- The EU hopes to finalize its revised Renewable Energy Directive (RED) soon, even as forest advocates urge last minute changes to significantly cut the use of woody biomass for energy and make deep reductions in EU subsidies to the wood pellet industry.
- Forest advocates are citing a new commentary published in Nature that argues that the EU’s continued expansive commitment to burning forest biomass for energy will endanger forests in the EU, the U.S. and elsewhere — resulting in a major loss in global carbon storage and biodiversity.
- Changing RED to meet forest advocate recommendations seems unlikely at this point, with some policymakers arguing that woody biomass use is the only way the EU can achieve its 2030 coal reduction target. The woody biomass industry is pressing for sustained biomass use and for continued subsidies.
- Russia’s threat of reducing or cutting off its supply of natural gas to the EU this winter is also at issue. In the EU today, 60% of energy classified as renewable comes from burning biomass. If RED is approved as drafted, bioenergy use is projected to double between 2015 and 2050, according to the just published Nature commentary.
As European Union policymakers move to finalize revisions to the Renewable Energy Directive in coming weeks, forest advocates continue calling for tougher regulations that would reduce the amount of woody biomass for energy used and slash the billions in EU subsidies that encourage the transformation of native forests into wood pellets for burning.
The advocates’ arguments have been given a boost by a recent commentary published in Nature arguing that the EU’s overarching goal of reducing emissions by 55% by 2030 is being thwarted by land-use policies that encourage the diversion of vast quantities of European cropland and forests to bioenergy, thus undermining habitat conservation and carbon storage in both Europe and overseas.
Commentary co-author Tim Searchinger, an expert on bioenergy policy at Princeton University, wrote that the EU’s “own modeling predicts that yearly use of bioenergy will more than double between 2015 and 2050, from 152 million to 336 million tonnes of oil equivalent. That requires a quantity of biomass each year that is twice Europe’s present annual wood harvest.”
The majority of that wood for bioenergy now comes from forests being cut in Eastern Europe and Scandinavia, with the rest coming from U.S. Southeast forestlands. As the climate crisis escalates carbon storage capacity in these forests continues to decline as demand for wood pellets to replace coal keeps rising globally. Forest cover is declining worldwide at a far faster rate than forest expansion and new tree plantation plantings.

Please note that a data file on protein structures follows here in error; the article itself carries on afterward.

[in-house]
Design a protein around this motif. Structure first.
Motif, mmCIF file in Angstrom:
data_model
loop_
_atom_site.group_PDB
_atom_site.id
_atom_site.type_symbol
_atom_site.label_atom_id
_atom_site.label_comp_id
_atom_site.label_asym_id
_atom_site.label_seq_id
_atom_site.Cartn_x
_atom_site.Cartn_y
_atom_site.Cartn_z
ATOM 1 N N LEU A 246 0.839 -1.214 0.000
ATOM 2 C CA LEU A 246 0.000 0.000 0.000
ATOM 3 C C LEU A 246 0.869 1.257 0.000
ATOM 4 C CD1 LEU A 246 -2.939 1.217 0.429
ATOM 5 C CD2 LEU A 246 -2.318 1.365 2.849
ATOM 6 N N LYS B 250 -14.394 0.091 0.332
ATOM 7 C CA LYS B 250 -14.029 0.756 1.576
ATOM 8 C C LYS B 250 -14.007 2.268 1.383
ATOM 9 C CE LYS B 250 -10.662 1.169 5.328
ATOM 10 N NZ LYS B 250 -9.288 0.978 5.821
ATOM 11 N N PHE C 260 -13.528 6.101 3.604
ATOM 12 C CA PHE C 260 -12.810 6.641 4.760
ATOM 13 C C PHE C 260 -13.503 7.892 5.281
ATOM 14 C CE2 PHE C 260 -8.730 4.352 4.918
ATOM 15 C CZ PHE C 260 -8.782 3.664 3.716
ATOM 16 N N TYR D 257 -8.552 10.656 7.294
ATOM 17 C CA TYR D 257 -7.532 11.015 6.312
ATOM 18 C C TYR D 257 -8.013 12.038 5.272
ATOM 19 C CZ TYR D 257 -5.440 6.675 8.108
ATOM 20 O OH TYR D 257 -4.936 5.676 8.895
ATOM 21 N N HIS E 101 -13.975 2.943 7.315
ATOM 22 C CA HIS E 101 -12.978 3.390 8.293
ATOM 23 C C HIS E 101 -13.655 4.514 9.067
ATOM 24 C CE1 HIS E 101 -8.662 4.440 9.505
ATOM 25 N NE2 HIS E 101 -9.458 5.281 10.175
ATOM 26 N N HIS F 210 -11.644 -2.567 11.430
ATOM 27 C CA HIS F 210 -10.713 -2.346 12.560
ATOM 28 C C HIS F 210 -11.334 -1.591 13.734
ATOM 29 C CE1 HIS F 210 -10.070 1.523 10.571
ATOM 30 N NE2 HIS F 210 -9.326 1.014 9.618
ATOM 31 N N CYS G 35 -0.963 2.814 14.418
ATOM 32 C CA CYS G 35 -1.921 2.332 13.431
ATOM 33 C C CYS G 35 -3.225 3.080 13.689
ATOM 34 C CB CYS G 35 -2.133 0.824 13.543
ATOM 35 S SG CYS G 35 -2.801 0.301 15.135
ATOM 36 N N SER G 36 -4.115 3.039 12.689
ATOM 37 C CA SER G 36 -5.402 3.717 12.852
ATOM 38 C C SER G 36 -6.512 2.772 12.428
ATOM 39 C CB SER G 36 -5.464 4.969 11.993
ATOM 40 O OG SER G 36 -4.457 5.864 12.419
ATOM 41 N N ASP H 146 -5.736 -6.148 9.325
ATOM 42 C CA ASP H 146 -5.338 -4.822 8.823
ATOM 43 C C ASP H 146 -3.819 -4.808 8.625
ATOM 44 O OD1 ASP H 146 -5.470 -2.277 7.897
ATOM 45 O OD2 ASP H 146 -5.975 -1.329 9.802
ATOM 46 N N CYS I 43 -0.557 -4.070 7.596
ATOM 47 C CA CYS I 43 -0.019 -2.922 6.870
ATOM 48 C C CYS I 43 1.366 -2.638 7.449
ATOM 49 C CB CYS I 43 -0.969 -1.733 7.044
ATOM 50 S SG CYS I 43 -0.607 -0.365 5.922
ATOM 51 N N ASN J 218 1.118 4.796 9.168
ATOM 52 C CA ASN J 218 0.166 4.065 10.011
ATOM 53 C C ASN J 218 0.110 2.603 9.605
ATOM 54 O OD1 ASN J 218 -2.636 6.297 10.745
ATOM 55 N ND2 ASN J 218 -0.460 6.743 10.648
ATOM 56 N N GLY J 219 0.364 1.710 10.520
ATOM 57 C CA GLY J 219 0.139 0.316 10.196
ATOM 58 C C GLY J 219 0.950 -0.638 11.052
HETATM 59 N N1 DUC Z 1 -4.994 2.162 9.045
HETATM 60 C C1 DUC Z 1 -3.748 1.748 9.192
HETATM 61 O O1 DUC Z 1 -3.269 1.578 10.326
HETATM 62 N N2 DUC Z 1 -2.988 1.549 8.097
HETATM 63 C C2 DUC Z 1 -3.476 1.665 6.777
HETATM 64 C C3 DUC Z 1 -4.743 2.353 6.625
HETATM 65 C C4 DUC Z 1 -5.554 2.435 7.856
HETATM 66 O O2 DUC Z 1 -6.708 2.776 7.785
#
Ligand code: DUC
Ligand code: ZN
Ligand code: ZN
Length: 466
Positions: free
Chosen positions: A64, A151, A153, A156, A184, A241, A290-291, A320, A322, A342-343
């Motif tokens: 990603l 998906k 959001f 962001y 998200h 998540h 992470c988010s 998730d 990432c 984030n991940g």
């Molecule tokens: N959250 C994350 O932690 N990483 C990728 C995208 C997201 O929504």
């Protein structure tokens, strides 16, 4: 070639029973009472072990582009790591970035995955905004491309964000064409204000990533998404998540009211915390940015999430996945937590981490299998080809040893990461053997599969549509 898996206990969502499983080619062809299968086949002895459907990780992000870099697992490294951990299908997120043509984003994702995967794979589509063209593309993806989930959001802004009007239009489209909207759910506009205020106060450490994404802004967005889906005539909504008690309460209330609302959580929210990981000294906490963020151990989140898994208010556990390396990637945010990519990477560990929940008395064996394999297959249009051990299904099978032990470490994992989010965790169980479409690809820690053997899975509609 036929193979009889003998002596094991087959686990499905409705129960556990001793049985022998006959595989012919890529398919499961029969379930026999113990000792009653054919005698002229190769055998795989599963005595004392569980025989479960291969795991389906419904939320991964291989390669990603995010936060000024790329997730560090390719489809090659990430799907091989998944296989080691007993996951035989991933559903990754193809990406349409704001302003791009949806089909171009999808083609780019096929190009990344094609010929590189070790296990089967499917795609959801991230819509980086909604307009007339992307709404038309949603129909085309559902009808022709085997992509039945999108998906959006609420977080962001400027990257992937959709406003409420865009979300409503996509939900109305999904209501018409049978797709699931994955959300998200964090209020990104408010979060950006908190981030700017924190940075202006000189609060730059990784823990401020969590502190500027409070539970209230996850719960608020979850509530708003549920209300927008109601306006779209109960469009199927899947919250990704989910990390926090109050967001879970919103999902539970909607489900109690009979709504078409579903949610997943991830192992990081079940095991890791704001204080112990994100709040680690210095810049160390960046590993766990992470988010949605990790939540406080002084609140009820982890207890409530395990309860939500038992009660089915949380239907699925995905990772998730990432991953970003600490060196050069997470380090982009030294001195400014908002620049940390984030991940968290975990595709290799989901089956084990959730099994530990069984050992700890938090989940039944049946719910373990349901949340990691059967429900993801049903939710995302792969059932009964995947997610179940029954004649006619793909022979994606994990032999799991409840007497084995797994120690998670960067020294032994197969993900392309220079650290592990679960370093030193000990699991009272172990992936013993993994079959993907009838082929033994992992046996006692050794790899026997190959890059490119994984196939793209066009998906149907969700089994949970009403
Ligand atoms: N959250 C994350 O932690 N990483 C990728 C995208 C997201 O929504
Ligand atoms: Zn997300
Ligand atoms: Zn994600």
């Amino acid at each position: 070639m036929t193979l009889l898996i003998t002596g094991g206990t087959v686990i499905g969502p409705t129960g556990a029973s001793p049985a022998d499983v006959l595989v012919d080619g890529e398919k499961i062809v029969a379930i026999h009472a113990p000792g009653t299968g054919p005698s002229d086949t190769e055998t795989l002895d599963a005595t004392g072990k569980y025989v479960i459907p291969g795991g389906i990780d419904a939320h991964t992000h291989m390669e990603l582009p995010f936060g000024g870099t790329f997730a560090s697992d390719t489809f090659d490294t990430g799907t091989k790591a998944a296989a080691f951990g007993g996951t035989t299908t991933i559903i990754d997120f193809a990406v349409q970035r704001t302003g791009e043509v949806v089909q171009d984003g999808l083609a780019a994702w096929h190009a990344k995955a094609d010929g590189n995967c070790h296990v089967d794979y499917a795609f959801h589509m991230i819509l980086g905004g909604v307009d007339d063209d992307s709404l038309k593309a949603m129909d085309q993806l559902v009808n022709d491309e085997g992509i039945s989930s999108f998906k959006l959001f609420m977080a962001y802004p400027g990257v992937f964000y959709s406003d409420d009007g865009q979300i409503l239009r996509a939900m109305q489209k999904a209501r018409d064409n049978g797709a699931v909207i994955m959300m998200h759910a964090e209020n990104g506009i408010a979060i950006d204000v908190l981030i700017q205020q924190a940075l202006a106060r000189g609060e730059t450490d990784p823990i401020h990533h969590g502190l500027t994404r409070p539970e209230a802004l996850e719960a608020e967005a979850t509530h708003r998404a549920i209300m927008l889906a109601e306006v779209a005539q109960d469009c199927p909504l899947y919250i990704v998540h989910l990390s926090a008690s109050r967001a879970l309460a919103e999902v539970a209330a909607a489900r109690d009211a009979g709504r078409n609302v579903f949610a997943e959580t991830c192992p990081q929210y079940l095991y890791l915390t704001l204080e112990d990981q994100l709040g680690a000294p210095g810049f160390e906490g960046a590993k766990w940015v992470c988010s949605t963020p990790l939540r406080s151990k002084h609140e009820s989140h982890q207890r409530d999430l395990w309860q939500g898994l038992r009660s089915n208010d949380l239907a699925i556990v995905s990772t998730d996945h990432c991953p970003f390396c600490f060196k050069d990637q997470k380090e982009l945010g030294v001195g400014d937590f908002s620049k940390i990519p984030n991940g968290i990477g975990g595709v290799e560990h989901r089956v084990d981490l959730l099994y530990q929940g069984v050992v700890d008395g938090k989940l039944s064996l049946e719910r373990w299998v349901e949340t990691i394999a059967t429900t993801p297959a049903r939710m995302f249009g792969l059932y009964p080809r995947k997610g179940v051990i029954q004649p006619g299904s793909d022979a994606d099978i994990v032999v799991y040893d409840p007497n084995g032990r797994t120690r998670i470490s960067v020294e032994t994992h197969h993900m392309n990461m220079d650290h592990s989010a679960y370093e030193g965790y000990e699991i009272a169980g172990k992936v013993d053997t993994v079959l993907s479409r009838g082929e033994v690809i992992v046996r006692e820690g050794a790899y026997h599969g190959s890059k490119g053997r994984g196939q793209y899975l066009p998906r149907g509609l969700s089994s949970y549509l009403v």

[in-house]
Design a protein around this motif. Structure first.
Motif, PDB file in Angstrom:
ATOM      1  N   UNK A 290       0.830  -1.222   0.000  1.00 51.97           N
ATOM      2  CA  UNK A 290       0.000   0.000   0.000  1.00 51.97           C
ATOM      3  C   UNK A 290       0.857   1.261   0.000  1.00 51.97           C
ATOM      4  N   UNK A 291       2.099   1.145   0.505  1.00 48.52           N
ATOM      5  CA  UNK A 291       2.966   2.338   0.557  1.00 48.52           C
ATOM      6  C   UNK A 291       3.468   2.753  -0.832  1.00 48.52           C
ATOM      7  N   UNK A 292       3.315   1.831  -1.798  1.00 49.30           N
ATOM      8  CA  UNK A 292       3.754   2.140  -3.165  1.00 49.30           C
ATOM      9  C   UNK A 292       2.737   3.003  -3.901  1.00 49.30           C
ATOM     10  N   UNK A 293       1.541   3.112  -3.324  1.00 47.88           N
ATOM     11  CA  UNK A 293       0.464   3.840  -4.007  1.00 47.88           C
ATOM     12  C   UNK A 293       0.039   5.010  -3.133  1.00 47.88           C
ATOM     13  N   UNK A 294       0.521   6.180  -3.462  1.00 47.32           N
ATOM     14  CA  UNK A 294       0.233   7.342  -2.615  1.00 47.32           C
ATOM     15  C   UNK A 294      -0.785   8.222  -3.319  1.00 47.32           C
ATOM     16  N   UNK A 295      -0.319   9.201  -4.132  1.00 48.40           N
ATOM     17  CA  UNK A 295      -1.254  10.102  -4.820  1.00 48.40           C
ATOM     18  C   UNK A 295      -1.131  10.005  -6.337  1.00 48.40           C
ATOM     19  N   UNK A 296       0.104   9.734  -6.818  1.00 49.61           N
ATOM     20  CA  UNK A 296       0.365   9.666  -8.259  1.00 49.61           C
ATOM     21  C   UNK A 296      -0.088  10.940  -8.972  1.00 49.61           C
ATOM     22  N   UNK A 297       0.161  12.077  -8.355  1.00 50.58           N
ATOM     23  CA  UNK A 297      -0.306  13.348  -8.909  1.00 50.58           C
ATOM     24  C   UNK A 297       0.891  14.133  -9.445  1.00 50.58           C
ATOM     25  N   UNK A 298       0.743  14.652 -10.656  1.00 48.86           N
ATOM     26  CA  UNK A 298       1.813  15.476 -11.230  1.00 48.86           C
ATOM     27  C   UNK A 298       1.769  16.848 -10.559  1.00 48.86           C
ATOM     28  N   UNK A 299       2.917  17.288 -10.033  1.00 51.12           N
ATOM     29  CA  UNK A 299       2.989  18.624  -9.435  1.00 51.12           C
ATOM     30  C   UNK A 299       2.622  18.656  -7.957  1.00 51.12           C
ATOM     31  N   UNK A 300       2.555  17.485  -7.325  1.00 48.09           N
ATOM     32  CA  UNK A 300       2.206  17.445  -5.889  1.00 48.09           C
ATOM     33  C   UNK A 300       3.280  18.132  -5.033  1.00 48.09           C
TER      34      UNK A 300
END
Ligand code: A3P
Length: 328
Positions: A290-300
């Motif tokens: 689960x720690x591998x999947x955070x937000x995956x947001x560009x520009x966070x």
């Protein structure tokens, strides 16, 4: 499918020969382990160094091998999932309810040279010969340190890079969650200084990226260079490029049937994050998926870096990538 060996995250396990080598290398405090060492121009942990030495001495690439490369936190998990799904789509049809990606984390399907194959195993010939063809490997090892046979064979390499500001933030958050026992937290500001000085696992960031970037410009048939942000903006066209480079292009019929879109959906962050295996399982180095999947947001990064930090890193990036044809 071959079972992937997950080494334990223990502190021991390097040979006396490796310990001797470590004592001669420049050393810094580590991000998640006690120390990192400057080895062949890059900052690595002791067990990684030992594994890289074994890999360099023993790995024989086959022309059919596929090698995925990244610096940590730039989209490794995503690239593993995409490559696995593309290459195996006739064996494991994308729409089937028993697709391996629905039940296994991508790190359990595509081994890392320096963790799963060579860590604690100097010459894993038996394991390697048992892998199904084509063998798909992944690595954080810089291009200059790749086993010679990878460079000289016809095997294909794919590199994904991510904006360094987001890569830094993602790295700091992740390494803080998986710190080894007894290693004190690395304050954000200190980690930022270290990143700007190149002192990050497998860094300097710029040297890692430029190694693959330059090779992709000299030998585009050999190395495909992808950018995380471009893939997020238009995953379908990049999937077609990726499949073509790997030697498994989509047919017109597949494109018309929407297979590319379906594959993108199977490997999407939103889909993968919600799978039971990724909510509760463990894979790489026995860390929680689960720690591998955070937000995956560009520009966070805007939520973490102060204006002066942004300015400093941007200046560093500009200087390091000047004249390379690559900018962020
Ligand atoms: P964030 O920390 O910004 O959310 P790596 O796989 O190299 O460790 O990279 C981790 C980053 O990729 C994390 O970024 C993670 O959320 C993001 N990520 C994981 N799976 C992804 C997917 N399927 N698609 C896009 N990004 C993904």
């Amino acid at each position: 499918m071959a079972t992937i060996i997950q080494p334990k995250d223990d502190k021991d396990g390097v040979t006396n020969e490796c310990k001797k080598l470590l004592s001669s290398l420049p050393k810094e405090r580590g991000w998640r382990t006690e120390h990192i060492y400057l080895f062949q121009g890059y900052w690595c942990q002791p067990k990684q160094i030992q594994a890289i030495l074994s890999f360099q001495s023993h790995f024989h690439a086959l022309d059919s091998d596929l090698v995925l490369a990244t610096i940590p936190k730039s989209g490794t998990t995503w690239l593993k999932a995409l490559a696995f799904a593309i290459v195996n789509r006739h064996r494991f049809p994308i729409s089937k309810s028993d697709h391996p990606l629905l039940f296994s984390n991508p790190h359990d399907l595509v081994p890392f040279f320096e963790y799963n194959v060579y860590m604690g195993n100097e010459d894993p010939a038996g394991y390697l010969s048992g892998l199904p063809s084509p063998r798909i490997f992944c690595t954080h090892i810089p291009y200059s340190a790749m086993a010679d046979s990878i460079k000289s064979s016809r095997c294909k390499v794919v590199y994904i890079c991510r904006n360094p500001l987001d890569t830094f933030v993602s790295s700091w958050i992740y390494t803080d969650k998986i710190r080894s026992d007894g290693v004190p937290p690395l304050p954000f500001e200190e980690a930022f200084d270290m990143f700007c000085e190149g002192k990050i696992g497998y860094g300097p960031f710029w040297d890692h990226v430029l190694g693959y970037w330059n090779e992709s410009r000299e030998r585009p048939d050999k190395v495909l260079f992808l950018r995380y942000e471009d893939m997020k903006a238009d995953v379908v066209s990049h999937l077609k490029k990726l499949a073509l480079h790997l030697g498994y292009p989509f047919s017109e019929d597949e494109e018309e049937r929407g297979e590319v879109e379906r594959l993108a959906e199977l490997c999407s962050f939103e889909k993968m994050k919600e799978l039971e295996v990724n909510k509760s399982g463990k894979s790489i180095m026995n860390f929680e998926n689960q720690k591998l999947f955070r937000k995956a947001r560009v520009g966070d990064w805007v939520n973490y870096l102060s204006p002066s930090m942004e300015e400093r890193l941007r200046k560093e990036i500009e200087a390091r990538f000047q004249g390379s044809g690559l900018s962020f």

Searchinger argues that even if the EU ultimately decides to reduce the amount of bioenergy produced from wood on the continent, but doesn’t limit EU demand, deforestation for pellet production will just increase somewhere else — likely in the U.S. — with no net climate benefits.
Europe, with its population in decline, Searchinger argues, is in a good position to consider policies that shrink its land-use footprint for both agriculture and bioenergy, thus promoting increased carbon storage and biodiversity in the EU as other parts of the world wrestle with population growth and increased land-use demands, he told Mongabay.
‘The simplest solution’
In the EU today, 60% of energy classified as renewable comes from burning woody biomass instead of coal. EU policy, which designates biomass as carbon neutral, enables countries to not count biomass emissions at the smokestack, resulting in dubious carbon accounting. A host of studies have found that burning biomass is more carbon intensive than coal per unit of energy.
“The simplest solution is for the EU to stop treating biomass from energy crops and wood harvests as carbon neutral,” Searchinger wrote, adding that “The European Parliament adopted an amendment [in September] to freeze the quantity of woody biomass that counts as ‘low carbon’ at each EU country’s 2020 level of use.”
If that rule within the Renewable Energy Directive (RED) survives the current trilogue — negotiations between the European Parliament, Council and Commission — “it could limit the damage” to standing forests, Searchinger said.
Kenneth Richter, a bioenergy policy officer for Birdlife Europe in Germany, applauded Searchinger’s findings and recommendations.
“The EU political institutions that are currently negotiating must take note of this research,” Richter told Mongabay. “The outcome of negotiations should at least result in a capping, followed by a phasedown of wood-based bioenergy proposed by the EU Parliament.”